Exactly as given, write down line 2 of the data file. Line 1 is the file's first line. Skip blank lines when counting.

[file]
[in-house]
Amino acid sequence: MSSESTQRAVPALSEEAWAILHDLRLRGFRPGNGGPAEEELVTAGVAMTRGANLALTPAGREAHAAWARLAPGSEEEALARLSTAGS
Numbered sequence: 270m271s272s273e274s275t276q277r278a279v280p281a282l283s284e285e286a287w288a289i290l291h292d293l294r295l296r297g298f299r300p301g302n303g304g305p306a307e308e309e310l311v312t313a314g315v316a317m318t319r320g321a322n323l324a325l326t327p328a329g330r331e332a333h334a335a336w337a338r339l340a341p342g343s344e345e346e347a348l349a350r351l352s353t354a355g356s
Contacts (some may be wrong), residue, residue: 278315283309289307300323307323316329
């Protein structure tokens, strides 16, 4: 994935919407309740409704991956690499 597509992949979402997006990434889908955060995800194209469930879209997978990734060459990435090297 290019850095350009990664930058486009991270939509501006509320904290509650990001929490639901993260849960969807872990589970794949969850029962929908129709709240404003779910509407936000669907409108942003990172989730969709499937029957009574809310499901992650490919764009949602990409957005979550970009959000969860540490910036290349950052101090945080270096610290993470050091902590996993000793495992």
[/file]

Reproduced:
Amino acid sequence: MSSESTQRAVPALSEEAWAILHDLRLRGFRPGNGGPAEEELVTAGVAMTRGANLALTPAGREAHAAWARLAPGSEEEALARLSTAGS